First impression on unpacking the Q702 test unit was the solid feel and clean, minimalist styling.
Kenwood's SAT7100 home theatre kit comprises two rear floor-standing satellite speakers (with stands), centre speaker, subwoofer, and three front speakers to provide a roomy, expansive sound. Kenwood has paid close attention to detail, shipping just about everything you would need to connect the kit up in a home environment. The box is packed with antennae, a sleek black remote control, batteries, speakers, stands, screws and even all the speaker cables.
- Comprehensive kit, great sound, wide range of connectors
- Bulky, lots of cable if you connect every speaker
The Kenwood SAT7100 home theatre kit offers fantastic, expansive sound and a wide range of input connectors to suit just about every common AV component. Just ensure you have room to fit the AV unit and speakers.
Price$ 1,499.00 (AUD)
The silver and black satellite speakers feature metal guards, threaded tripod mounts and a wall-mounting slot on the back panel to provide a myriad of placement options that should suit most home theatre configurations.
The core of the system, the KRF-7090D-S 120W x 7 audio-video control centre is a massive double-height unit that measures 44 x 16 x 40cm and weighs just less than 12kg. It features six-channel input, Dolby Digital EX 6.1ch, Dolby Pro Logic IIx 7.1ch and DTS-ES 6.1ch decoding, front connectors for S-Video and composite, and a massive range of sockets on the back. The silver front face features buttons to switch between inputs, adjust the volume and quickly mute a source. Tone controls, a headphone socket and the radio tuner round out the front face, but it's the back that belies the unit's true power.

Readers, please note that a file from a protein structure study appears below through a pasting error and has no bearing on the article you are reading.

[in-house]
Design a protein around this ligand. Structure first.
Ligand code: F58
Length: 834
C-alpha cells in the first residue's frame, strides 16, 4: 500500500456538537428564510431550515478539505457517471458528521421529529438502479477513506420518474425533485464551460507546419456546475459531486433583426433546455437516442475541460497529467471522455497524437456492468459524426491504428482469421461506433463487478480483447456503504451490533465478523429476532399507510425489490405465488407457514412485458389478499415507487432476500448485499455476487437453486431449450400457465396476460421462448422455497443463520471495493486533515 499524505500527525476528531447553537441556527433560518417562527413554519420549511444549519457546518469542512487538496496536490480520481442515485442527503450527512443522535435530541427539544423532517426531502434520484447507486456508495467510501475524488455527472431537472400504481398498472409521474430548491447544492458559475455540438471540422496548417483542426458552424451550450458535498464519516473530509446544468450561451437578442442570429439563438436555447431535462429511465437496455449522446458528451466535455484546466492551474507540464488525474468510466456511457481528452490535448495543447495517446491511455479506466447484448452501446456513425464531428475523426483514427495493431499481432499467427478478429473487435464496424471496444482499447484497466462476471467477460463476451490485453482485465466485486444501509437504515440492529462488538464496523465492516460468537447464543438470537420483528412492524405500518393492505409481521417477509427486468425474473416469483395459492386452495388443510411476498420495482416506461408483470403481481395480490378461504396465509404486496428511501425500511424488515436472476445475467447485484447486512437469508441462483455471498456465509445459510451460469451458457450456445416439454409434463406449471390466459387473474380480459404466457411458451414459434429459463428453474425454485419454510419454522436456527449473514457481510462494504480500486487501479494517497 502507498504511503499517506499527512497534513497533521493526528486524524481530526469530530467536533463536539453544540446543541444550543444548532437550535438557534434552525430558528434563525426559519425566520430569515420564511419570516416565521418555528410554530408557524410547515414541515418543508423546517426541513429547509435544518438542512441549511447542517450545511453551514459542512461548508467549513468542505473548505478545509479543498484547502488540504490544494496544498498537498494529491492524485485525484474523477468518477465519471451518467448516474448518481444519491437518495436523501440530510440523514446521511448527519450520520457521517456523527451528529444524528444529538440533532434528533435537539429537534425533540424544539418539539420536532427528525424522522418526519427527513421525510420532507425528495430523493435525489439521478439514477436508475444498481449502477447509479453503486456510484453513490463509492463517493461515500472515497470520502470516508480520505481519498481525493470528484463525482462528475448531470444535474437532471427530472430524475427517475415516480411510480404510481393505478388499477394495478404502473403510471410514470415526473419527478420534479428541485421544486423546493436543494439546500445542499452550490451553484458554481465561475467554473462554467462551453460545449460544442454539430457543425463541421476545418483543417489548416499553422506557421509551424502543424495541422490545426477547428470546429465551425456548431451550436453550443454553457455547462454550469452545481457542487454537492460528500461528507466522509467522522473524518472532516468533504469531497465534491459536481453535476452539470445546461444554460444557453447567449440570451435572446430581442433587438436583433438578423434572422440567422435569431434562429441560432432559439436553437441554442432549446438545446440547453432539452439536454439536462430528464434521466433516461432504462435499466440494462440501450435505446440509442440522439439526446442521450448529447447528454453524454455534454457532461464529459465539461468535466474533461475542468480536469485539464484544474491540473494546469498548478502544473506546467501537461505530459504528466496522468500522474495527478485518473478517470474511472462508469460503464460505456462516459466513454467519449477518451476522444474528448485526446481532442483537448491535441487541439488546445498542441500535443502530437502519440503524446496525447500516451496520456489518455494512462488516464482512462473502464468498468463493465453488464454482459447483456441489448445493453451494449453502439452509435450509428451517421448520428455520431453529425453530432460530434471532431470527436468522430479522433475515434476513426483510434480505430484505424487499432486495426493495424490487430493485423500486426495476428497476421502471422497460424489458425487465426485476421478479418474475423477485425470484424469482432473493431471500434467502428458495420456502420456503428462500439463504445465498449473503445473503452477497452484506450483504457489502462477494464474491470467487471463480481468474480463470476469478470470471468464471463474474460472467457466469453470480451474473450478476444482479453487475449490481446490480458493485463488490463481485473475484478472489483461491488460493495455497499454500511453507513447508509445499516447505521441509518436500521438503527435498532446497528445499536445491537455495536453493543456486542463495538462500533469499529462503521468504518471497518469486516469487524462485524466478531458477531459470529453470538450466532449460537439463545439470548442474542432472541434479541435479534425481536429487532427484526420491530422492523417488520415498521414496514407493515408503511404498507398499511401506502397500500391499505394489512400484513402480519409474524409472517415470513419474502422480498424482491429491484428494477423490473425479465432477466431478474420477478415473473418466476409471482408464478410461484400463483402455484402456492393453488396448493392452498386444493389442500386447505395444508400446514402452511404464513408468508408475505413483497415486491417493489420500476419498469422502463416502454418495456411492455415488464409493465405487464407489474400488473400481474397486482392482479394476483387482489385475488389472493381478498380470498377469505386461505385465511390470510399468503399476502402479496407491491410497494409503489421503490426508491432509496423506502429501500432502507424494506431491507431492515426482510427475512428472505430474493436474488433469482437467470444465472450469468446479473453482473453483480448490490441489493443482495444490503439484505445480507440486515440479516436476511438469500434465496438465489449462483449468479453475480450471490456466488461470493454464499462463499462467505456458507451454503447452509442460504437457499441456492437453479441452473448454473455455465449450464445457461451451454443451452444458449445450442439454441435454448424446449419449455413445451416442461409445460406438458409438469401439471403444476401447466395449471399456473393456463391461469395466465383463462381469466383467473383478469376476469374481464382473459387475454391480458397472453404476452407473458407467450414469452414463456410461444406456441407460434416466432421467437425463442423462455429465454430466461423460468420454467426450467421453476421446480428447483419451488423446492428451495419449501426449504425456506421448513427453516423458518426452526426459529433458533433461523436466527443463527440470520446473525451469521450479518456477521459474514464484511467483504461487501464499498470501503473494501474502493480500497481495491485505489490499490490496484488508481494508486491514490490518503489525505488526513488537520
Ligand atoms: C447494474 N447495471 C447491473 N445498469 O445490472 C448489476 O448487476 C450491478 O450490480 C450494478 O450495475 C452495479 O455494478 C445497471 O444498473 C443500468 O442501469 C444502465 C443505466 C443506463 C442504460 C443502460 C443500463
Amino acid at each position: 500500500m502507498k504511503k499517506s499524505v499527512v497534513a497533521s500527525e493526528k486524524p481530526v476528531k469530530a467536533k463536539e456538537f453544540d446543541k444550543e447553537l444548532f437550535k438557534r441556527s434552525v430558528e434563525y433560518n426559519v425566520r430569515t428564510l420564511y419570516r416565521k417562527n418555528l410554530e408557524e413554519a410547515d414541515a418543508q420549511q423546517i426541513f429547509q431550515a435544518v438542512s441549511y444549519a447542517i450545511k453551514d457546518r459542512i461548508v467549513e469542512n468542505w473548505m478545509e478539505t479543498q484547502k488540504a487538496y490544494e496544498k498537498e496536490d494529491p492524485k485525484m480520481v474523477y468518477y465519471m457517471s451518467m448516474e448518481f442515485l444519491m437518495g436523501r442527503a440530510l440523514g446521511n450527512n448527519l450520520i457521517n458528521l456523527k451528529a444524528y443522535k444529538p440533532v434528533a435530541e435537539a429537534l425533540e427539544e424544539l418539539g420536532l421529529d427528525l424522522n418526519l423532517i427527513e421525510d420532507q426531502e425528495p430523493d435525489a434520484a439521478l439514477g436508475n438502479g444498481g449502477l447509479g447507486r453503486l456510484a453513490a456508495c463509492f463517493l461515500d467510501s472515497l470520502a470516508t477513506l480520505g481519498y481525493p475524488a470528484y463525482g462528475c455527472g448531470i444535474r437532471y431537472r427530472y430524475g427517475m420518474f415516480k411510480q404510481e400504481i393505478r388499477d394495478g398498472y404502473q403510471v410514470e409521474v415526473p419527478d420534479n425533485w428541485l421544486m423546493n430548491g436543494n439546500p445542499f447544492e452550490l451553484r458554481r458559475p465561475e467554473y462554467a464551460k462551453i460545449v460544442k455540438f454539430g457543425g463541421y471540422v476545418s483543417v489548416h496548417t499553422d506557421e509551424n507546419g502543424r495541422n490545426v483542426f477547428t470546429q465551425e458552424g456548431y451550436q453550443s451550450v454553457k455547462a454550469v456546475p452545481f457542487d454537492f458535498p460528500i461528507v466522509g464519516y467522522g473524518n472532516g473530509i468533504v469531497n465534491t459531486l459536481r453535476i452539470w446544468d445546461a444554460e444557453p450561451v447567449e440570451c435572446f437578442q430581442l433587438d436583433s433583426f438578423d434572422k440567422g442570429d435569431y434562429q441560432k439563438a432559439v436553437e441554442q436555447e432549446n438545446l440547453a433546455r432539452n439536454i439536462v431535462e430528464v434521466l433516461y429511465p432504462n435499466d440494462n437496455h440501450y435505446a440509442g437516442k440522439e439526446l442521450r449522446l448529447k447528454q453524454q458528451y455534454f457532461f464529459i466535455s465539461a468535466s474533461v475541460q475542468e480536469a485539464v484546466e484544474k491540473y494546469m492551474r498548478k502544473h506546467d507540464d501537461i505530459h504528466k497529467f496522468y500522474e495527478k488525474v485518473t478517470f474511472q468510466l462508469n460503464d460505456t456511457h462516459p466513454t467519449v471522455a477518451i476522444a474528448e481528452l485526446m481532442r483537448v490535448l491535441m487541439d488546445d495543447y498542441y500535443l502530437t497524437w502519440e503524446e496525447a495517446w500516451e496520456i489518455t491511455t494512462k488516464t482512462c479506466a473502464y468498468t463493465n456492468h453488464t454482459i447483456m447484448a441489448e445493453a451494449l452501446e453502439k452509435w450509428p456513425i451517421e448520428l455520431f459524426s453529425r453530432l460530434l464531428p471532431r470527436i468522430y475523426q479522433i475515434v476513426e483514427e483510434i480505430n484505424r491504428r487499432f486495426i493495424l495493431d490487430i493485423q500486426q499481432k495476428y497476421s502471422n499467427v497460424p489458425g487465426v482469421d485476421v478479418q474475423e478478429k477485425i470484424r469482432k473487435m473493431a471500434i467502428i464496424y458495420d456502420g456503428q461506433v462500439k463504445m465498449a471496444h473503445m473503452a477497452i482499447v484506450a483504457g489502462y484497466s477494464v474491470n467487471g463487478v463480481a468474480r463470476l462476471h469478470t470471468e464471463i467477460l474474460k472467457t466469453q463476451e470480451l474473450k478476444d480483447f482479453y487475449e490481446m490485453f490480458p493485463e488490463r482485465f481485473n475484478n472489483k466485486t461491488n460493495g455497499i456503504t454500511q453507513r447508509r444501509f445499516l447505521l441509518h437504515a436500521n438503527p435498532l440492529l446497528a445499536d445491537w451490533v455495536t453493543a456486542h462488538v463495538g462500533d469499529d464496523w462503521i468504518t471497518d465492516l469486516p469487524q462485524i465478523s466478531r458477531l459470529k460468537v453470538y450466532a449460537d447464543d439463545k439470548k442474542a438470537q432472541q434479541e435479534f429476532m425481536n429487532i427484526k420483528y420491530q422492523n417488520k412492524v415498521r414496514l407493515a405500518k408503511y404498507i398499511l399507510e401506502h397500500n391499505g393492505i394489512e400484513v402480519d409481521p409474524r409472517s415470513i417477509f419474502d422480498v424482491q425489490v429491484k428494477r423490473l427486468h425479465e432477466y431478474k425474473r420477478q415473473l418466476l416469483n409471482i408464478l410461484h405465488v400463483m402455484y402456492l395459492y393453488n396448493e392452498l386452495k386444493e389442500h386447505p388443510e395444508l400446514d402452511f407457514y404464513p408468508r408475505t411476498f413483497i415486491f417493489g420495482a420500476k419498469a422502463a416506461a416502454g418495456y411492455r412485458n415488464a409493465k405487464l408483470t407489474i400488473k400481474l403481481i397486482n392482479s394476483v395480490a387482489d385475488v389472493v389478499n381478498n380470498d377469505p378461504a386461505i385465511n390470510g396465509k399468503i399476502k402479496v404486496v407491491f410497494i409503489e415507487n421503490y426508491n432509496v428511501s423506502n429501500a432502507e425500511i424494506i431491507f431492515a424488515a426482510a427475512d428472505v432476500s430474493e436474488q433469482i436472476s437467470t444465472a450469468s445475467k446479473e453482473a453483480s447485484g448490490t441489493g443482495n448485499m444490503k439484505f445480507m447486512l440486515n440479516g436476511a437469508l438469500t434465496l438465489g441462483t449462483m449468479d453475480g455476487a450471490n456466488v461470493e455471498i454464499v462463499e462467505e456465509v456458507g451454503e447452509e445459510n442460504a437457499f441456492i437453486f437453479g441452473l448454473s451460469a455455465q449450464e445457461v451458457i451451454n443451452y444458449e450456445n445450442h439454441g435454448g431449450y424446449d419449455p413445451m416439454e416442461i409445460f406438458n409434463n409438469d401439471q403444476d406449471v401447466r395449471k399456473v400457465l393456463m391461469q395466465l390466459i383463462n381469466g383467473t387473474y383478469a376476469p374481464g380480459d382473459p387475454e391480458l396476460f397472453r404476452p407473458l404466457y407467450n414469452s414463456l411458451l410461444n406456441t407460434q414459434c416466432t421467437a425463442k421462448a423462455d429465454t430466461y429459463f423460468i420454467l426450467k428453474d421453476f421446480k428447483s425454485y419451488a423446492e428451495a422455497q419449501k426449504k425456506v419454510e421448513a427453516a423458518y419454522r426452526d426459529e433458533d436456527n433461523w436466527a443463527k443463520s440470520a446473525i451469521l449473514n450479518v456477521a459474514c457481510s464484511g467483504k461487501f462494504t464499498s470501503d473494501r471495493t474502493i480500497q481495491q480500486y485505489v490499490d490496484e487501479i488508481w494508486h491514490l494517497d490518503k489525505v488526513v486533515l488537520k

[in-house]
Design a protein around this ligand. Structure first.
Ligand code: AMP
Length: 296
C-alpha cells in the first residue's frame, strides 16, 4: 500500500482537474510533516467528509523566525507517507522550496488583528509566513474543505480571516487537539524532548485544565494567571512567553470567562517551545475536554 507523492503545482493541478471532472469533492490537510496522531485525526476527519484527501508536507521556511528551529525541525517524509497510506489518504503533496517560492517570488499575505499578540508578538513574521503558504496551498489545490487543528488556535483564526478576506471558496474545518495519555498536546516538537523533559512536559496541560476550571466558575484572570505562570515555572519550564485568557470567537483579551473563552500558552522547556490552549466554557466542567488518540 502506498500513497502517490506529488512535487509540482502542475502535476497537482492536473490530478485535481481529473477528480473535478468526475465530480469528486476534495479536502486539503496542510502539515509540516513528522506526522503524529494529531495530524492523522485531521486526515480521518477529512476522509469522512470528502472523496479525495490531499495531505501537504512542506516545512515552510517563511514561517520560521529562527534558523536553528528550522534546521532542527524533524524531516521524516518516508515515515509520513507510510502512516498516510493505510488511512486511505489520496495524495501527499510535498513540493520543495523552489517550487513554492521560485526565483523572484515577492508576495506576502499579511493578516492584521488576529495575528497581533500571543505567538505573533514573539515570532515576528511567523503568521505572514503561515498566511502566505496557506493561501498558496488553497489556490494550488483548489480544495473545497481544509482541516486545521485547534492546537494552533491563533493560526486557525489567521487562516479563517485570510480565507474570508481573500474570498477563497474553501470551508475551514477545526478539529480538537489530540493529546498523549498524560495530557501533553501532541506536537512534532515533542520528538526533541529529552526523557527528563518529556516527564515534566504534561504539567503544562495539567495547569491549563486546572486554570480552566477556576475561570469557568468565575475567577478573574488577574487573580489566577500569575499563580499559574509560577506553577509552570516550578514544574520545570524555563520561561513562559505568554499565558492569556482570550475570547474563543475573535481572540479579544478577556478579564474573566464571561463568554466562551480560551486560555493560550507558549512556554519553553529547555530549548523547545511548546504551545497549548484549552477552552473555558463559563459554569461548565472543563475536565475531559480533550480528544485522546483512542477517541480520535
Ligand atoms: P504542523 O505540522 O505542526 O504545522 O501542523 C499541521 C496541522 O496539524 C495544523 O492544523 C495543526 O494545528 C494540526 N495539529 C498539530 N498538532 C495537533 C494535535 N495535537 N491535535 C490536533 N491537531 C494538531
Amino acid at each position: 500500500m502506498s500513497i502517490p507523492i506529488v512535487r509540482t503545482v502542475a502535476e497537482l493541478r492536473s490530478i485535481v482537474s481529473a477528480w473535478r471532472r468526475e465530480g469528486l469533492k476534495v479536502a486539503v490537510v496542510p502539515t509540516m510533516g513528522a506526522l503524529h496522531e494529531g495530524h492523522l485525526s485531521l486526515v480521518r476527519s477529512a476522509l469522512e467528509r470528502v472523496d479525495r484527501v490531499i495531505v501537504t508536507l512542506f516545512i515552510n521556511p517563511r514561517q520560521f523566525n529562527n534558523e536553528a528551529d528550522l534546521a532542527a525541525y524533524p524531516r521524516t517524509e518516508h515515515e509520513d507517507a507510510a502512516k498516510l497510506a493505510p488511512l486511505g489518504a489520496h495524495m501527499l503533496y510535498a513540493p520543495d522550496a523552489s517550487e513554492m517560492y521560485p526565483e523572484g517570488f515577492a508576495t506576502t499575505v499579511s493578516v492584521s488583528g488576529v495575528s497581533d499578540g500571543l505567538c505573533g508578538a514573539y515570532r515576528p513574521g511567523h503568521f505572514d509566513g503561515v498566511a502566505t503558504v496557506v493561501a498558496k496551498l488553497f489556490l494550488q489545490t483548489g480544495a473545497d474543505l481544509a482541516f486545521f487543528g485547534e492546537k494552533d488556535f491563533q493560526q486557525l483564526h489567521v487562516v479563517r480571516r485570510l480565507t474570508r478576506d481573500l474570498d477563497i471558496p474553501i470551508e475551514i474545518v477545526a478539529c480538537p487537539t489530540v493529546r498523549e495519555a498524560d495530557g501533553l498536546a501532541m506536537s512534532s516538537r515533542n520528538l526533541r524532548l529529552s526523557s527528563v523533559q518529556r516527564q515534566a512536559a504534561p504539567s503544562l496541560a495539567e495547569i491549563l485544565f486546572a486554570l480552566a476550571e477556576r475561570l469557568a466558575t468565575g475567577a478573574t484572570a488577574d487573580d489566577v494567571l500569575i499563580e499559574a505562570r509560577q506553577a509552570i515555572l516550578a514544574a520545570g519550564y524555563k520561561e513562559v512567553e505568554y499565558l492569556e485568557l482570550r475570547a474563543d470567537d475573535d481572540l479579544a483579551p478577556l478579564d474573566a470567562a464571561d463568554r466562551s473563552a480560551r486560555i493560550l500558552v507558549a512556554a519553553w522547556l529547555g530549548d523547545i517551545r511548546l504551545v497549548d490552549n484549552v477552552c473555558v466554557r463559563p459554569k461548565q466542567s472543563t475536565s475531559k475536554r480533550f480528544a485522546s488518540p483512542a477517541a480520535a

A glance across the rear panel reveals AM and FM antennae, phono input, CD-in and MiniDisc line in and out. There's room for three S-Video and composite connectors and a single S-Video and composite output, along with a DVD/six-channel input, two component lines in and a single component line out. There's even a coaxial/S/PDIF digital audio input, and a 90W switched AC outlet to drive other hi-fi components. A subwoofer output and bank of speaker connectors fill up the last remaining square millimetres of space. This massive range of connectors should allow even the most decked-out home theatre systems to plug in with ease. The unit will even remember the settings for each individual channel, so you don't need to worry about constantly tweaking tone or volume for every device in your house.
The SW-39HT subwoofer offered a solid, punchy low end and it came to life when playing back movies packed with explosions and deep rumbles. The satellite speakers also offer wide frequency response, and were able to handle subtle spatial effects well. The kit includes ample speakers so they can be positioned to create an effective surround sound setup, and there's no distortion at high volumes. The kit is backed up by a one-year warranty, and is both easy to set up and well appointed. Just remember that you have to snake a lot of cable around the lounge room to drive all the speakers.
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GGG Evaluation Team
For work use, Microsoft Word and Excel programs pre-installed on the device are adequate for preparing short documents.
The Fujitsu LifeBook UH574 allowed for great mobility without being obnoxiously heavy or clunky. Its twelve hours of battery life did not disappoint.
The screen was particularly good. It is bright and visible from most angles, however heat is an issue, particularly around the Windows button on the front, and on the back where the battery housing is located.
My first impression after unboxing the Q702 is that it is a nice looking unit. Styling is somewhat minimalist but very effective. The tablet part, once detached, has a nice weight, and no buttons or switches are located in awkward or intrusive positions.
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